Fess It, Then Fix it: Studying Mistakes Is How You Find Opportunities to Innovation

After each practice, the U.S. Navy Blue Angels huddle up and share something surprising: their mistakes. They don’t congratulate one another on everything they did right. Instead, they say, “I fess up to ______, and here’s how I’m going to fix it.” The Blue Angels don’t let pride in being expert aviators prevent them from acknowledging even they have room for improvement. Instead, their approach encourages ownership, celebrates aggressiveness and includes a plan to be even better. Here are three steps to improve your own company’s culture by embracing the Blue Angels’ practice of owning mistakes and failing forward.

1. Eliminate fear to build a culture with an ownership mentality.

Ownership is a powerful thing. Entrepreneurs and their incomes rise and fall because of decisions they make. The most successful business owners operate from a growth mindset that ties their results directly to their actions. They understand that if they improve what they’re doing, they’ll improve what they’re getting.

If you’d love to see all your team members adopt this same philosophy, you’ll have to foster a culture that eliminates the fear of making mistakes. Employees need to know that if they aren’t occasionally missing the mark, they aren’t trying hard enough. I’ve taught my children to repeat this daily mantra: “I cannot fail. I can only learn and grow.”

People who are being aggressive will make mistakes. When they’re afraid to fall short, though, they won’t innovate or push hard enough to expand boundaries. Get comfortable with making mistakes, and make sure to praise team members for owning mistakes, not for doing things perfectly.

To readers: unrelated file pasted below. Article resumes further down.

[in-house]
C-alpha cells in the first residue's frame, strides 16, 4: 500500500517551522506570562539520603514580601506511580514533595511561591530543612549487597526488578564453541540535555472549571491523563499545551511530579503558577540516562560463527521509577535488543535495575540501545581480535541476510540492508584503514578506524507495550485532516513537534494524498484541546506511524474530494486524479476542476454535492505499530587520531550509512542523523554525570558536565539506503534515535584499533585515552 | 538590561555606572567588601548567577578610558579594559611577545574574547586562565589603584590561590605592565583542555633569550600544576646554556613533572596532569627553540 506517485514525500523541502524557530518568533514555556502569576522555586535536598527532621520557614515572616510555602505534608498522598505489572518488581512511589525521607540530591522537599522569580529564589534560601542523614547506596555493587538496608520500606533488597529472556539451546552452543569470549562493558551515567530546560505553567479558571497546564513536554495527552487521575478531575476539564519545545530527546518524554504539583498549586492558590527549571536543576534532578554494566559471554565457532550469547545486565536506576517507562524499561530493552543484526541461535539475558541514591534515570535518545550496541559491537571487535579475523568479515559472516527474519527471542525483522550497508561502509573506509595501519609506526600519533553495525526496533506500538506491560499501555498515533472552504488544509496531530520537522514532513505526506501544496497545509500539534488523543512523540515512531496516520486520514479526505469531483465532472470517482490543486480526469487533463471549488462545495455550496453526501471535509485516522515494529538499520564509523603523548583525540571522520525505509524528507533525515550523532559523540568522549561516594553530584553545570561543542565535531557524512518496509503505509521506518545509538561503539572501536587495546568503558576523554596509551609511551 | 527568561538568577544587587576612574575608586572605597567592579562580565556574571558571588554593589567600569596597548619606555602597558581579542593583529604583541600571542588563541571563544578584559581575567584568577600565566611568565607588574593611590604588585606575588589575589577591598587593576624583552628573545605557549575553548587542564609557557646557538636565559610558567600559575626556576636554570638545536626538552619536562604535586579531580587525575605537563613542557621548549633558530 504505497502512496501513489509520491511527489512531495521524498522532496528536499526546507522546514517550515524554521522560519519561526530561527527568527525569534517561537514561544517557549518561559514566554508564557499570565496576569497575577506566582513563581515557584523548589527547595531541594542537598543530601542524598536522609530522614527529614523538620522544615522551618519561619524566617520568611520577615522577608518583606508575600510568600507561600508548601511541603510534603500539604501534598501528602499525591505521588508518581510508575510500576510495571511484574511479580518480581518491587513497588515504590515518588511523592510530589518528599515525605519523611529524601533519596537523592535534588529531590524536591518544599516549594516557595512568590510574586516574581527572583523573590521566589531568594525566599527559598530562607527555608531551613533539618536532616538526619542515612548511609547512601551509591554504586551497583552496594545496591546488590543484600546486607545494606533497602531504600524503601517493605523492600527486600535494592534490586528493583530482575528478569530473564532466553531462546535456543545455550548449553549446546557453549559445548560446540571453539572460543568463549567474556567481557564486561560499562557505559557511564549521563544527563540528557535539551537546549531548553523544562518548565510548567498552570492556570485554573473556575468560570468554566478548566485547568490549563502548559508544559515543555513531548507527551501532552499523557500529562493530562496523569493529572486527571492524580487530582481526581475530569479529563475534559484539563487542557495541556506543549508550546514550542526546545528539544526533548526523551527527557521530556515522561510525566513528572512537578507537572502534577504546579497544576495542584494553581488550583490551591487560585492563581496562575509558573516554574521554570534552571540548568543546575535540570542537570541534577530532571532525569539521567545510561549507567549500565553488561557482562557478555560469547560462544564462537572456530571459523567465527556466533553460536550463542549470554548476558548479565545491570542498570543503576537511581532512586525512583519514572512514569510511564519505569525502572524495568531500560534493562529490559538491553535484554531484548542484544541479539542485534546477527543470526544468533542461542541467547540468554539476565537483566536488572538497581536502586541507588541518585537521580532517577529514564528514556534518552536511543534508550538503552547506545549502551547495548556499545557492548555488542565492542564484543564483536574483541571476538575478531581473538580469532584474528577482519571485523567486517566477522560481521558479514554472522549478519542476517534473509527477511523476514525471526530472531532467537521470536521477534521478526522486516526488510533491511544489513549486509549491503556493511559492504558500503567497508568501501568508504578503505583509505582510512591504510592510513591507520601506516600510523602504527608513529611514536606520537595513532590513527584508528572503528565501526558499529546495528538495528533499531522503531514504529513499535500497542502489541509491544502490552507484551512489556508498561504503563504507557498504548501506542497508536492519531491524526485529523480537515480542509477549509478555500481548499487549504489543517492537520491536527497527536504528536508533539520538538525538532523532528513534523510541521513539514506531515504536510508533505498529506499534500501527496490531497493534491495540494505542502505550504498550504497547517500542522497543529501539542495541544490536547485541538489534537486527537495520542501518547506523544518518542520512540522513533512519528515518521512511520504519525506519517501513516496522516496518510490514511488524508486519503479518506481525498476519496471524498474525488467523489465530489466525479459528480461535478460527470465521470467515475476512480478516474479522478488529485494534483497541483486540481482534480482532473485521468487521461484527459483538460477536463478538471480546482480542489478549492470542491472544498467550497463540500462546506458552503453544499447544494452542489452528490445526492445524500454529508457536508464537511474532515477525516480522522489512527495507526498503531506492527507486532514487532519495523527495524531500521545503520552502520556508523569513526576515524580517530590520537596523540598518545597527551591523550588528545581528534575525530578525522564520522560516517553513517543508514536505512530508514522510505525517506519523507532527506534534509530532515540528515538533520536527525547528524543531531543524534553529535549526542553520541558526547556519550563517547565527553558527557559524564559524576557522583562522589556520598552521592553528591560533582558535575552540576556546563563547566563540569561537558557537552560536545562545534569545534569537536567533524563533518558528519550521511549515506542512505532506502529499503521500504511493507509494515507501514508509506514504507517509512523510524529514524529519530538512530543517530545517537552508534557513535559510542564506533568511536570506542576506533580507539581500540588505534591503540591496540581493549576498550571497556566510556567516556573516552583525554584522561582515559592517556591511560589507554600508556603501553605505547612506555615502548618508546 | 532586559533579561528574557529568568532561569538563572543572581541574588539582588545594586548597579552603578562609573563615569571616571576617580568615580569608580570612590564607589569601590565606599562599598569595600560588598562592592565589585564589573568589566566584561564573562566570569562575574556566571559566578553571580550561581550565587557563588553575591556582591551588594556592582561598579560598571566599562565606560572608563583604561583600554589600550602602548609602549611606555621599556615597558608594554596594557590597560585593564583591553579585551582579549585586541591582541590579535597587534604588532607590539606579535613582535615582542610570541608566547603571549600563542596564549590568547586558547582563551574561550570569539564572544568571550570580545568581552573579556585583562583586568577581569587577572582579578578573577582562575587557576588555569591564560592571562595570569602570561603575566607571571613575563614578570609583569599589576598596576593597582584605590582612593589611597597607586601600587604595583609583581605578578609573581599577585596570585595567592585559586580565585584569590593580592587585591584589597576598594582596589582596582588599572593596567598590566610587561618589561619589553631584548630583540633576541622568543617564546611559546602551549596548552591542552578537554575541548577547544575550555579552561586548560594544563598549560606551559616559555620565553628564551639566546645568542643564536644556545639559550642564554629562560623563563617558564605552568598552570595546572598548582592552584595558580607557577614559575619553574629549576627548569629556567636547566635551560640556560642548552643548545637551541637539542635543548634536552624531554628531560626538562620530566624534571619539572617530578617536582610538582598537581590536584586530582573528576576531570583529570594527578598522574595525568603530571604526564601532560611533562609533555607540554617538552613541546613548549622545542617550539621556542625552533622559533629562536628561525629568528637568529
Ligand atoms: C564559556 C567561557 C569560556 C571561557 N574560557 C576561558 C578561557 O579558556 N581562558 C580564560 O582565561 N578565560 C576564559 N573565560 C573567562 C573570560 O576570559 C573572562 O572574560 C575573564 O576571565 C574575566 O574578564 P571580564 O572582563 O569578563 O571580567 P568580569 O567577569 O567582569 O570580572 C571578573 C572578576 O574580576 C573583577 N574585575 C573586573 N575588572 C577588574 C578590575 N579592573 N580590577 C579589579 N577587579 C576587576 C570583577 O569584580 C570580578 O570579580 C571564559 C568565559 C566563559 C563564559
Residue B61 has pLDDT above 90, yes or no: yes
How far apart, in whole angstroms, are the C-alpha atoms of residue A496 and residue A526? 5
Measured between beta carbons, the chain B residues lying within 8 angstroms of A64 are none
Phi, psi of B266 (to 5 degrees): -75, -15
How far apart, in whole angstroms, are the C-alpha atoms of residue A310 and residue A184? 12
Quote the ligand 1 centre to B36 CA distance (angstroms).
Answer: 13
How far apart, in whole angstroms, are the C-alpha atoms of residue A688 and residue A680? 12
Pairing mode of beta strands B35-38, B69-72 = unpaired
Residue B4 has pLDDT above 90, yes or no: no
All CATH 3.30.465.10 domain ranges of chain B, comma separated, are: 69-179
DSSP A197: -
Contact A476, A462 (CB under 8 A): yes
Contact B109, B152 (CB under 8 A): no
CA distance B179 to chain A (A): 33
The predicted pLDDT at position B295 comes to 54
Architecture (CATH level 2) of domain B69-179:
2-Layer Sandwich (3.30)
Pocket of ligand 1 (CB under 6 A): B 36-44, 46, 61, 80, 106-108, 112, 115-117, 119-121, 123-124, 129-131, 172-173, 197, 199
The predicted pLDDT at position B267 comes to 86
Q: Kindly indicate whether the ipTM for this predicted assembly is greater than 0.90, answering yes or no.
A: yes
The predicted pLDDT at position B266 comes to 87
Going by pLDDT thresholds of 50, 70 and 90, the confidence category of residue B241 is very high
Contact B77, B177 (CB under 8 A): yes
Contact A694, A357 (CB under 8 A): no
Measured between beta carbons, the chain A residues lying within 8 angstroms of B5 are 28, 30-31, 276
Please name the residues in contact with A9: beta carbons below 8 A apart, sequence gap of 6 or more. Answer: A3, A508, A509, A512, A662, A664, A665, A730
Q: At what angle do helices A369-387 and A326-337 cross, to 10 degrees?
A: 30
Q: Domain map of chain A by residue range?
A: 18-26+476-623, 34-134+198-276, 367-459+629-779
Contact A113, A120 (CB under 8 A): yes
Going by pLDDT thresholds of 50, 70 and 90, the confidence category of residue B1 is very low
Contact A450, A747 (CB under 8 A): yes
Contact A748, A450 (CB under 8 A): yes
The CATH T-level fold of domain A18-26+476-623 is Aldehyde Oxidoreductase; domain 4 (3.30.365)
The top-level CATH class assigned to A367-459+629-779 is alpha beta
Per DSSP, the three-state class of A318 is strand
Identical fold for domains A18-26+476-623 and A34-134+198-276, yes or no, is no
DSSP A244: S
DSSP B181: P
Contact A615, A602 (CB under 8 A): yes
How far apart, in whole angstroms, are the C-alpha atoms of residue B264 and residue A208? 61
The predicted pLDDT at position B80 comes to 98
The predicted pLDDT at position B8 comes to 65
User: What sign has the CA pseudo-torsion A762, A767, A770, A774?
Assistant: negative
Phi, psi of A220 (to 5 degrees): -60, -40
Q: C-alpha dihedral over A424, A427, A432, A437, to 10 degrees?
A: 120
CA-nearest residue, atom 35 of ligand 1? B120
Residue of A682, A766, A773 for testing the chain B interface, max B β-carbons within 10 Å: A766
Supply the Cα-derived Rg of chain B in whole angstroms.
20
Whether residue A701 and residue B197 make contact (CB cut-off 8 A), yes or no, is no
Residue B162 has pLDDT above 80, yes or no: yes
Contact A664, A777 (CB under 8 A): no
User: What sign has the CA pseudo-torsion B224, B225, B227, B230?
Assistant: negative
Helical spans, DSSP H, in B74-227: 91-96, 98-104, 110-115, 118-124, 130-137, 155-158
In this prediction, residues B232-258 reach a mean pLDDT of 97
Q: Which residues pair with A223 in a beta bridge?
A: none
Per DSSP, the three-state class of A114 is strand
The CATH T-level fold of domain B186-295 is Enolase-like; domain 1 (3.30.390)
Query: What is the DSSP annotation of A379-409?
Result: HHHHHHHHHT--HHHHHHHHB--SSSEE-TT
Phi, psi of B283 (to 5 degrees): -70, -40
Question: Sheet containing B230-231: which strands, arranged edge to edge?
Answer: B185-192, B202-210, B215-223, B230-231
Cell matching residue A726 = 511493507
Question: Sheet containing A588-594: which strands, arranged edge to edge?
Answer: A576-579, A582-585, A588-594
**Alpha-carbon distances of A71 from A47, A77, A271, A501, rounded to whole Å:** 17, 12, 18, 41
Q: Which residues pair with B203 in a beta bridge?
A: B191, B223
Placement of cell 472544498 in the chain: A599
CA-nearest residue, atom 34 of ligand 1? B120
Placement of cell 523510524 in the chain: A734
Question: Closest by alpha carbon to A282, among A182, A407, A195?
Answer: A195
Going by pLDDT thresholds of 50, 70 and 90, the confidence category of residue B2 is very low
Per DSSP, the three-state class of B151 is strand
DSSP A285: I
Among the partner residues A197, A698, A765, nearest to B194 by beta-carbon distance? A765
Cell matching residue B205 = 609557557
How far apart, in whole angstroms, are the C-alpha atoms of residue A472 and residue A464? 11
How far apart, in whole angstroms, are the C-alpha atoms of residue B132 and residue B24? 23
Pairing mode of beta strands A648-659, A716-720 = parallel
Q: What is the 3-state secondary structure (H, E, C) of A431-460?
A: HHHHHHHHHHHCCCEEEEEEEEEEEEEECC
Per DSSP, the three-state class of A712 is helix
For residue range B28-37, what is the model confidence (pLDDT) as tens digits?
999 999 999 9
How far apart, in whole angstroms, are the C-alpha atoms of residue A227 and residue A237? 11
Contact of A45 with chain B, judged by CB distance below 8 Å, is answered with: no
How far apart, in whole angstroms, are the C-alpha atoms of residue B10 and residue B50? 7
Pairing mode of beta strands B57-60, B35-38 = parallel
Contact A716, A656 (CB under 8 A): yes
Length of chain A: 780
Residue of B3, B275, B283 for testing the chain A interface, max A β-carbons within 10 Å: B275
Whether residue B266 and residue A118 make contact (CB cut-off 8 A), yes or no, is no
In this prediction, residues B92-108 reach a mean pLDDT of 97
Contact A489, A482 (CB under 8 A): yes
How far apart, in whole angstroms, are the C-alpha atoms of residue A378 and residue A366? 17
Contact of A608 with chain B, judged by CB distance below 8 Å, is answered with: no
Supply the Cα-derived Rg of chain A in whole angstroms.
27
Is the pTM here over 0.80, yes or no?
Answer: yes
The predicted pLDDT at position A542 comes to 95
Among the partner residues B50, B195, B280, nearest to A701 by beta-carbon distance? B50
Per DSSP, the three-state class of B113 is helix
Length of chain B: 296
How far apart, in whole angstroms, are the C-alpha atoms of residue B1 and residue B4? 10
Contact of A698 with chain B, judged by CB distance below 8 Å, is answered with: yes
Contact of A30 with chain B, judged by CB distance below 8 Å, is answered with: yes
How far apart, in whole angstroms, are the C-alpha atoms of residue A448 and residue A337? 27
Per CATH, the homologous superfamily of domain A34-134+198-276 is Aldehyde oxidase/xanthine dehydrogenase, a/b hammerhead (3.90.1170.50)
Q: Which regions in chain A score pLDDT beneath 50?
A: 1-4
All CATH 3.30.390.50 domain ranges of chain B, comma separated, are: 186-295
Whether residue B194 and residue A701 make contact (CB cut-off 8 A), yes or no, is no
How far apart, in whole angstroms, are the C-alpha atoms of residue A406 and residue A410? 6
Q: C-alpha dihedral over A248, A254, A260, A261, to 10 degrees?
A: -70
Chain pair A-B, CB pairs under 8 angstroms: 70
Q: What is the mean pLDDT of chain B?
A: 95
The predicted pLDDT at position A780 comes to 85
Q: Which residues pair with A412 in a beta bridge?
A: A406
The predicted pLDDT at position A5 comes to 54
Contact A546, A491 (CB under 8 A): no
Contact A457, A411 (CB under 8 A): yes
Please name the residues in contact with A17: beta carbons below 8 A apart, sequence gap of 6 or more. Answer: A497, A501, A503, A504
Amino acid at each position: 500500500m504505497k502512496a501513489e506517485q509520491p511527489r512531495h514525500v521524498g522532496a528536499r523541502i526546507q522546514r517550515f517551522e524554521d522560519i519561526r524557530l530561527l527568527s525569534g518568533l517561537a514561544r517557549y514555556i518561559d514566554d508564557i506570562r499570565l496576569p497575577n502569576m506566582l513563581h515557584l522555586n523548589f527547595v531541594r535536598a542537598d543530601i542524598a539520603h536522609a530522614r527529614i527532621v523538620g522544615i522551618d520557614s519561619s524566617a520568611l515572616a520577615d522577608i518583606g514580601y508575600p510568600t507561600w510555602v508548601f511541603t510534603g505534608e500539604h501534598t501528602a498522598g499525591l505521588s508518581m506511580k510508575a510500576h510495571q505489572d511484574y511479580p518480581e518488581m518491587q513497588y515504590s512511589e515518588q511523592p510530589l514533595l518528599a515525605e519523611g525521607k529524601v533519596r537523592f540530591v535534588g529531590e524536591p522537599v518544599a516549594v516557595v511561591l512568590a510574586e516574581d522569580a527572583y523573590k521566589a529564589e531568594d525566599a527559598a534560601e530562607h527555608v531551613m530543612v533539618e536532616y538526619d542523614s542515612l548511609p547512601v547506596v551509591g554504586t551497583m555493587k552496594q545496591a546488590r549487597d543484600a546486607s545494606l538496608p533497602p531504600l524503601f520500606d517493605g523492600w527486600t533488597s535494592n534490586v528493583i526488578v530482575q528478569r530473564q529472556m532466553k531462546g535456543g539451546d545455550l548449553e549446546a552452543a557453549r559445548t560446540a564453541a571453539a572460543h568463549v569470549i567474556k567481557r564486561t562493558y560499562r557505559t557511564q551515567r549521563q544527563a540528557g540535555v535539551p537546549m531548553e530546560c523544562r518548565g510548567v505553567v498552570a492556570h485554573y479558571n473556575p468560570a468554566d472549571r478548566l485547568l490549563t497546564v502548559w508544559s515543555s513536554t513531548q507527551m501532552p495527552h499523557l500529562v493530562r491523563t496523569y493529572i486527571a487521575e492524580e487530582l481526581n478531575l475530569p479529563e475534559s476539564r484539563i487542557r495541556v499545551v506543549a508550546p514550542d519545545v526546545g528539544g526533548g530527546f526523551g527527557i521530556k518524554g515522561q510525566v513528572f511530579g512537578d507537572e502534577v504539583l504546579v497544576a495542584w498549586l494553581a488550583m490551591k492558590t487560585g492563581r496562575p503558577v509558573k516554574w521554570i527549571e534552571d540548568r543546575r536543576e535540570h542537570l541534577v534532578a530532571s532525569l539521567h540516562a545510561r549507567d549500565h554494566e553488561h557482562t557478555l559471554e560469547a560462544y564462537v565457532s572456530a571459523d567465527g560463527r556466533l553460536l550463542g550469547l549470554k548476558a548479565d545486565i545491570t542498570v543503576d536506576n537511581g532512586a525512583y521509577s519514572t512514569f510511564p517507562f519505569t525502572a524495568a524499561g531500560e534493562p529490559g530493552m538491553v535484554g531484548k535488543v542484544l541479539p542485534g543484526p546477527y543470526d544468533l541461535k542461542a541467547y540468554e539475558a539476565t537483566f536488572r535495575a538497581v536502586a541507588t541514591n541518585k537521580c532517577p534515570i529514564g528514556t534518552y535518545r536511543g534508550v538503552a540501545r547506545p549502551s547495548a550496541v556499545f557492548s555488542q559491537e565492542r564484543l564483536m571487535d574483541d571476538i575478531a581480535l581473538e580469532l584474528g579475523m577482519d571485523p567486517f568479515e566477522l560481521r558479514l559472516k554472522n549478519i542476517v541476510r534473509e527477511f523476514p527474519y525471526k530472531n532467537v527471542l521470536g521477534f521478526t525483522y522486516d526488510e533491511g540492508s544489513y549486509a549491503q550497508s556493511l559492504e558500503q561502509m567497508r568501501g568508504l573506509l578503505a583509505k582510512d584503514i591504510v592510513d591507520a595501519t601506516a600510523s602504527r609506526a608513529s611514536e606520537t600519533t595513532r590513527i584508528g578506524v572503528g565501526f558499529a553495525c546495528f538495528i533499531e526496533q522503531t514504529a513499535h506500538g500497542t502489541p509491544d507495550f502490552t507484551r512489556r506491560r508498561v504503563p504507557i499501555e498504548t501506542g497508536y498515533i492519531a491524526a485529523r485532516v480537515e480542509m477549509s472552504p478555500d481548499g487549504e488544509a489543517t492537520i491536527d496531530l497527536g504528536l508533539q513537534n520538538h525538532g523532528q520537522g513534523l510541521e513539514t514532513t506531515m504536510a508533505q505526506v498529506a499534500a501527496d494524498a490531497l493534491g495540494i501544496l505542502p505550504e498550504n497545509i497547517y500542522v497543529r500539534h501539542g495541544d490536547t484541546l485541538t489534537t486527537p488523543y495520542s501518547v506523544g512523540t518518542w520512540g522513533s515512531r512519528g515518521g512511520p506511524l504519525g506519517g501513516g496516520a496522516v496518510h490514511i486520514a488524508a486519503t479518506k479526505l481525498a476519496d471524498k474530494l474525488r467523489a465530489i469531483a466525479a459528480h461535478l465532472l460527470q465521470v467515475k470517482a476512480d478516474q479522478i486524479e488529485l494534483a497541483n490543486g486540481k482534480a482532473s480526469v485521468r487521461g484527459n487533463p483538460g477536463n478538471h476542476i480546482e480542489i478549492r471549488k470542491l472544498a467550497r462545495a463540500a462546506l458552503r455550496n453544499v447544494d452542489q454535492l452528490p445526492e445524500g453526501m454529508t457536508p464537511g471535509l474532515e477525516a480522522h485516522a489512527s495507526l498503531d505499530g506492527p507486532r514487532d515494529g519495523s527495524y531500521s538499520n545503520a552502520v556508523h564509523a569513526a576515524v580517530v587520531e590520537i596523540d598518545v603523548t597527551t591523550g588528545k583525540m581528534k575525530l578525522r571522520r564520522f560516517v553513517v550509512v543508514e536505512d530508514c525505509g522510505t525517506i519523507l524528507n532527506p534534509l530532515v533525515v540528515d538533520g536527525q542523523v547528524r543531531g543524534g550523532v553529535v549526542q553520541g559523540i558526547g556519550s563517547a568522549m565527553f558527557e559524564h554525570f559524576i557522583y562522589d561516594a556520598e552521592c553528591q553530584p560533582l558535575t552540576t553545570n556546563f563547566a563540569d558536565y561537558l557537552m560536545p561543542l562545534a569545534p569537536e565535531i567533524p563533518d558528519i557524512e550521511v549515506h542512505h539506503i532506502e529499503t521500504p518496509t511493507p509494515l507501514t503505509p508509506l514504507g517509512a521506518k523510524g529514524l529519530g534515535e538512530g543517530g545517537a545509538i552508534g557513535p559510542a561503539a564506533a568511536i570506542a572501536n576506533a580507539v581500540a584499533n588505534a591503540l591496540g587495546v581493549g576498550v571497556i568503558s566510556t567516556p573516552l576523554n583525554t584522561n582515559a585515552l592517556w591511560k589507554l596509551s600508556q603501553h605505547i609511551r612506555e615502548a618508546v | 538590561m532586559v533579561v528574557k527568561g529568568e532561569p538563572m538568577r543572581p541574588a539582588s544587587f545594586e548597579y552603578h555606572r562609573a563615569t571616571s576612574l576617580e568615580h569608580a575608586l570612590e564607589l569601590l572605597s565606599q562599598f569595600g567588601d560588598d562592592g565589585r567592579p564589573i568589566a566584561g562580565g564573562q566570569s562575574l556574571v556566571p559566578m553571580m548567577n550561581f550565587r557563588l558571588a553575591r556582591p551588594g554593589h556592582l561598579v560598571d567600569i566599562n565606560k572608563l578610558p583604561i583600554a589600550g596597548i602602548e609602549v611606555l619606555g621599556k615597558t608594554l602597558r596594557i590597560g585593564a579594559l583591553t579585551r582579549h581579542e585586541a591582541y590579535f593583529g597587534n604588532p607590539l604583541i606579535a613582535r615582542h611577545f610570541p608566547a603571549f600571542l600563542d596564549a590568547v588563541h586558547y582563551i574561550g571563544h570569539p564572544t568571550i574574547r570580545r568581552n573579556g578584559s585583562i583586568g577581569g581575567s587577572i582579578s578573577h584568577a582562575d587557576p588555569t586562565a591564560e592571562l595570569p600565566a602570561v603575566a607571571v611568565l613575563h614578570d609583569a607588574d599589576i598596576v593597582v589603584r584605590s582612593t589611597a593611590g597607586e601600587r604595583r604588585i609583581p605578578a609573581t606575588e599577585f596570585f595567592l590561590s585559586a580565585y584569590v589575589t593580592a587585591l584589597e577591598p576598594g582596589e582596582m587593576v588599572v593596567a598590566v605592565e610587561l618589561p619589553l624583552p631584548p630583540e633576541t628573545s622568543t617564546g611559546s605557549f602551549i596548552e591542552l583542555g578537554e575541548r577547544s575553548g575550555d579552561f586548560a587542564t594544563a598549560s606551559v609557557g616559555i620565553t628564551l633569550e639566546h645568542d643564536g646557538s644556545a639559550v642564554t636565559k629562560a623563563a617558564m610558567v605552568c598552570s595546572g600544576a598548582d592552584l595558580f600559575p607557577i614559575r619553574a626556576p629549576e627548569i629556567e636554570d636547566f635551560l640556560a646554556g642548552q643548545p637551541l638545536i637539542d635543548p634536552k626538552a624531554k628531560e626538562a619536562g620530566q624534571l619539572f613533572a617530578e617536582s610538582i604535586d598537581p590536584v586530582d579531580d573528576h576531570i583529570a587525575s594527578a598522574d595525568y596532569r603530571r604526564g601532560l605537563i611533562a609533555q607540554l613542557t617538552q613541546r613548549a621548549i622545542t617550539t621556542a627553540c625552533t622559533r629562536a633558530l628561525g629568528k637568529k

2. Praise aggressiveness and outside-the-box thinking.

Too often, team cultures promote the safe play: Put in your time, don’t rock the boat, follow the script and (after x number of years) get in line for a payout. This model stifles innovation and puts your team in prime position to get lapped by the competition.

Entrepreneurs never have been about playing it safe. Shake things up by finding ways to publicly praise your outside-the-box thinkers and doers. Make sure team members understand the way it’s been done before probably isn’t some magic formula that always will work. Empower them to bring you any idea they’re willing to own — and to pitch to colleagues the ones you approve.

3. Fail forward as a team.

When coaches say, “Leave it all on the field,” they’re telling players not to put themselves in a position to look back with regret and wonder if there’s more they could’ve done. They’re saying, “Don’t leave this situation with a list of shoulda, coulda, wouldas.” Encourage team members to give their best, learn from mistakes and share how they’ll fix it next time.

Unfortunately, even the most talented, hardworking people get stuck in the trap of focusing on how they should’ve done something differently. They spin their wheels, overanalyzing yesterday’s mistakes until they’ll paralyzed by the what ifs and unable to avoid strategic mistakes in the future.

Achievement is about failing forward. As team members notice areas for improvement, encourage language that says, “We’ll fail forward.” Say, “Next time, I will _____” instead of “I should have ____.”

Failure is not just inevitable, it’s invaluable. No matter the industry, market trends or economic situation, this one life philosophy serves well. When people aren’t afraid to fail, they can give their very best and make sure they don’t leave anything on the table. Fear, on the other hand, drives people to pull back and disengage. You can’t fix the past, but you can change the future.

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